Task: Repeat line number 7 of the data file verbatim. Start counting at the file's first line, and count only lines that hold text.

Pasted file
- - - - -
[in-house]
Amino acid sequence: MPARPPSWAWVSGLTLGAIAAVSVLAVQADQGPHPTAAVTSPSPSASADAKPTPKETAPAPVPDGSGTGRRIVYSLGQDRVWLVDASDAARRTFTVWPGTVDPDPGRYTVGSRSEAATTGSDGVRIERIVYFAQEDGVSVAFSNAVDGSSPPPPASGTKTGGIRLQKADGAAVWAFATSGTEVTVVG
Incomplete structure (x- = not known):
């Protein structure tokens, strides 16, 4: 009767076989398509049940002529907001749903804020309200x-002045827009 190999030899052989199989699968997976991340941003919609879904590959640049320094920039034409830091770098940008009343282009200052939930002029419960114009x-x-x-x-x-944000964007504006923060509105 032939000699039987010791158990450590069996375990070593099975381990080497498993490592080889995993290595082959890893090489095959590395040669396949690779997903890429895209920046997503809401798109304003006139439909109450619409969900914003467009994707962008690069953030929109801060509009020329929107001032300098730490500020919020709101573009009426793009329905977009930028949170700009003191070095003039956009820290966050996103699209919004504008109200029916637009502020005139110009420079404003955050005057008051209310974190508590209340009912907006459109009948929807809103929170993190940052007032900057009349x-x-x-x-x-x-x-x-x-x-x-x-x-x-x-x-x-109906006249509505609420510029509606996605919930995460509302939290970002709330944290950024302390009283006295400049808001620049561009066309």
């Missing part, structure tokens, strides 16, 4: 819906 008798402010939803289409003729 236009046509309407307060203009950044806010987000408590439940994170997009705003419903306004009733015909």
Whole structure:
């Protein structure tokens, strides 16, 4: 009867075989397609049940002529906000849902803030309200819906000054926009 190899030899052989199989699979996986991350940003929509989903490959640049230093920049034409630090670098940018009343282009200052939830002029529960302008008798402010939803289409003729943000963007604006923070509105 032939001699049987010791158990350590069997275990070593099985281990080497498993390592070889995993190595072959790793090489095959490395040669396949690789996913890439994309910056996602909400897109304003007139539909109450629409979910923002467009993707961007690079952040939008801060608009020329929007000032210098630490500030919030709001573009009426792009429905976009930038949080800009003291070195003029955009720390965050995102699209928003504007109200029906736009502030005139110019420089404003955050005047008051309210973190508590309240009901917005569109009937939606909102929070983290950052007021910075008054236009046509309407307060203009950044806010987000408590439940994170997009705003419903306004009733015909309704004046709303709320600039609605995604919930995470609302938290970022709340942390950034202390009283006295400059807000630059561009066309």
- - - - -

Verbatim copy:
């Protein structure tokens, strides 16, 4: 009867075989397609049940002529906000849902803030309200819906000054926009 190899030899052989199989699979996986991350940003929509989903490959640049230093920049034409630090670098940018009343282009200052939830002029529960302008008798402010939803289409003729943000963007604006923070509105 032939001699049987010791158990350590069997275990070593099985281990080497498993390592070889995993190595072959790793090489095959490395040669396949690789996913890439994309910056996602909400897109304003007139539909109450629409979910923002467009993707961007690079952040939008801060608009020329929007000032210098630490500030919030709001573009009426792009429905976009930038949080800009003291070195003029955009720390965050995102699209928003504007109200029906736009502030005139110019420089404003955050005047008051309210973190508590309240009901917005569109009937939606909102929070983290950052007021910075008054236009046509309407307060203009950044806010987000408590439940994170997009705003419903306004009733015909309704004046709303709320600039609605995604919930995470609302938290970022709340942390950034202390009283006295400059807000630059561009066309």